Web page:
Commissions of Inquiry


POLITICIANS are a special breed—they never fail to amaze you. There is a kind of barefacedness about their utterances and actions that makes you wonder if they should be leading people and nations. As a student of politics, I make allowances for tactics and strategies or for unavoidable ignorance when I read or listen to what politicians say.

Take the PPP’s response to the recent announcement of the Commission of Inquiry into the violence that almost destroyed this country in the years 2002-2008. After declaring that it would welcome the inquiry because it has lots of dirt on its opponent, it changed its tune as soon as the government announced the CoI. Some may argue that this is typical politicking, but the reasons given by the PPP boggle the mind.

The party contended that the CoI was set up by the government without input from the opposition PPP. On the face of things, this sounds like a good enough reason for threatening not to participate. Just a few short years ago, this very PPP set up a CoI into the murder of Dr. Walter Rodney without consulting the opposition, including Rodney’s party, the WPA. No amount of pleading by the opposition could get the PPP President, Donald Ramotar, to change his mind.

He contended that he was instructed by Rodney’s widow not to consult with the opposition. The government proceeded to mount the inquiry, whose findings were promptly rejected by the PNC which is now the major party in the coalition government.

For its part, the PNC didn’t bother to protest its exclusion from the process—it simply didn’t want an inquiry. It however argued that the PPP wanted to use the CoI to embarrass and slander the party. This did not budge the PPP, which made no secret of its desire to do just that. The PNC initially decided not to participate in the CoI, but later changed its mind and entered an appearance in the person of the current attorney general.

Now the PPP is making the very same threat—it says its members may not give evidence before the commission. This is the same party which didn’t budge when the PNC threatened not to participate in the Rodney CoI. And the PNC is now heading the government, which did not consult with the PPP before setting up the current CoI and which does not seem to care whether the PPP participates or not. Further, from the comments of the government spokespersons, there is little doubt that it has already found the PPP guilty, even before the first witness has testified.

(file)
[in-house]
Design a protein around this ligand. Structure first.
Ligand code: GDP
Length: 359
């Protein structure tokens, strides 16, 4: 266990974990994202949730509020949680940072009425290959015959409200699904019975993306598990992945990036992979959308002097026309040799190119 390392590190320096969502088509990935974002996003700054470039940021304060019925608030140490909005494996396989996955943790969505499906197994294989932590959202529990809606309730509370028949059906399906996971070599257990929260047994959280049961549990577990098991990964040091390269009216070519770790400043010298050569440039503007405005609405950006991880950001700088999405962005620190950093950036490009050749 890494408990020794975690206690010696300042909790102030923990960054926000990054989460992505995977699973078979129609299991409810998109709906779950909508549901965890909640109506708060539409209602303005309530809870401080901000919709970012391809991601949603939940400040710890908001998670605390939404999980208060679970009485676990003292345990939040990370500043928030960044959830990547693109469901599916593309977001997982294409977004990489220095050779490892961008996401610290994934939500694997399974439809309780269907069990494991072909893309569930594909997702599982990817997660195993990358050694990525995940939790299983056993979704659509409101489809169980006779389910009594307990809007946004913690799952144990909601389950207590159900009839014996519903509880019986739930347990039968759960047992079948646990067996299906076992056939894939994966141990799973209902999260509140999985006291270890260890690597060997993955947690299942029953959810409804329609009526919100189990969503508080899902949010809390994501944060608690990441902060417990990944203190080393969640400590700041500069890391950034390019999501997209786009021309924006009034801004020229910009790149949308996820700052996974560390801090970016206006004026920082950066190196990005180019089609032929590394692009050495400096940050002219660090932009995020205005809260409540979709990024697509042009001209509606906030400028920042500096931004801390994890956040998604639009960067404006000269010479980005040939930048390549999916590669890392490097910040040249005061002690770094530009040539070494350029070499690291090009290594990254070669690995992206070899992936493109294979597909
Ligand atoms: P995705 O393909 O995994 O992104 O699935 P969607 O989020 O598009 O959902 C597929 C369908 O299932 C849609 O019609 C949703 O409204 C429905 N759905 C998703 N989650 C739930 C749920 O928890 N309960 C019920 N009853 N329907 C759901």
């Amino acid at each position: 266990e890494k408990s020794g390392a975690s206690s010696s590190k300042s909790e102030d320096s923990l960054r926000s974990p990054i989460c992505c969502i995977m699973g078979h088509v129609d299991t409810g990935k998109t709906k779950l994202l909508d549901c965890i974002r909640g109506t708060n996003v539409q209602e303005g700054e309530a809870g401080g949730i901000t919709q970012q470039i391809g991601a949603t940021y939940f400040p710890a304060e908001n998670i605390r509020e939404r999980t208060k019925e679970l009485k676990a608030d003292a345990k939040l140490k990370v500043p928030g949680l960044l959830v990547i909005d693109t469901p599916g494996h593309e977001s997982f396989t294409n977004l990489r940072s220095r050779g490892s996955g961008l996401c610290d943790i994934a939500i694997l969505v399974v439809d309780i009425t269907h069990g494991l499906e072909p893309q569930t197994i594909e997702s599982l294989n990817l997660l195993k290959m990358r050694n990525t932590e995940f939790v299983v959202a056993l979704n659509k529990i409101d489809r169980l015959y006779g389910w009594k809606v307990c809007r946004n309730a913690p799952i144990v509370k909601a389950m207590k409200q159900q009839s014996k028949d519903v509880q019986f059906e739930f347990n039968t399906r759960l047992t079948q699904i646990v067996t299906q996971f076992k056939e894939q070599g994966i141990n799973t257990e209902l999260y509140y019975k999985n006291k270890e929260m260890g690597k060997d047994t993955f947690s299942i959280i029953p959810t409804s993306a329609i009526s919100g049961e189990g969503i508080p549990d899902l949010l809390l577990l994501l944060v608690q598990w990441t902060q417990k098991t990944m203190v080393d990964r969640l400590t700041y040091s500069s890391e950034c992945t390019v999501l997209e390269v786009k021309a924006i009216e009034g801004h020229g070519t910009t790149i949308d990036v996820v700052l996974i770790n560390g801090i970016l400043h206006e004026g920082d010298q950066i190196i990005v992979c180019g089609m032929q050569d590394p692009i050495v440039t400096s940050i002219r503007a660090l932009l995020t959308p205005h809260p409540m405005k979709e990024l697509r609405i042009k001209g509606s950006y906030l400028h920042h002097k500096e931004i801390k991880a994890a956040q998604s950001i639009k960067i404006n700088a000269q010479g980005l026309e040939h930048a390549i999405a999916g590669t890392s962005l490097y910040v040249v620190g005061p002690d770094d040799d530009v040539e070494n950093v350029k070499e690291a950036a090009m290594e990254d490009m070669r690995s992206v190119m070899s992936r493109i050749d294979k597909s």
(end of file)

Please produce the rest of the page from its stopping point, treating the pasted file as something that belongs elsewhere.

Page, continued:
Sounds familiar? Back in 2005, the PPP abstained from its own motion in parliament to set up the Rodney CoI, because the said motion was amended to substitute the word “death” for “assassination”. The argument by the then opposition was that the main objective of the CoI was to determine whether Rodney was assassinated or not. The more we change and rearrange, nothing changes.

The PPP objects to the naming of Justice Trotman as the sole commissioner, because he is the father of Minister Trotman. The government isn’t budging on that either. But the PPP cannot forget that the PNC and WPA had objected to one of the commissioners of the Rodney CoI, claiming he was connected to the PPP. Of course, the PPP did not remove him.
One does not know whether to cry or laugh when confronted with these instances of political dishonesty.

Of course, in a functional democracy, the objections of the PPP would have lots of merit. But the PPP has no moral standing, because the very things about which it now complains, it did when it was in charge. Why do you expect that now you are out of power your opponent should be impartial, when you showed no respect for impartiality when you held power? And why did you object to partisan partiality when you were in opposition, but now you are in power, you practise the very partiality?

The answer is simple—Guyana’s elite political culture is dysfunctional. I predict that the current CoI or CoIs into that bloody period in our recent life would suffer the very fate of the Rodney CoI. One side would claim victory and the other side would reject the findings. We are what we are and that’s the way it is.

The Formal Leader vs The De Facto Leader
The long knives are out for GAWU leader Komal Chand, because he dared to do something Guyanese elite political culture does not embrace—he decided to act independently of his party. He chose the union’s interests over the party’s interest and in the process, angered the leader. You see, Dr. Jagan was leader of both GAWU and the PPP, so he could not be ousted. Jagdeo has been acting as leader of both organisations on the sugar issue, but formally he is leader of the PPP only.

So, when Chand decided to talk to the government, he was showing Jagdeo who is formally GAWU’s leader. For now, the formal leader always gets his way, but the de-facto leader, Mr. Jagdeo, always prevails within the PPP. Ask Donald, Clement, Moses and Khemraj.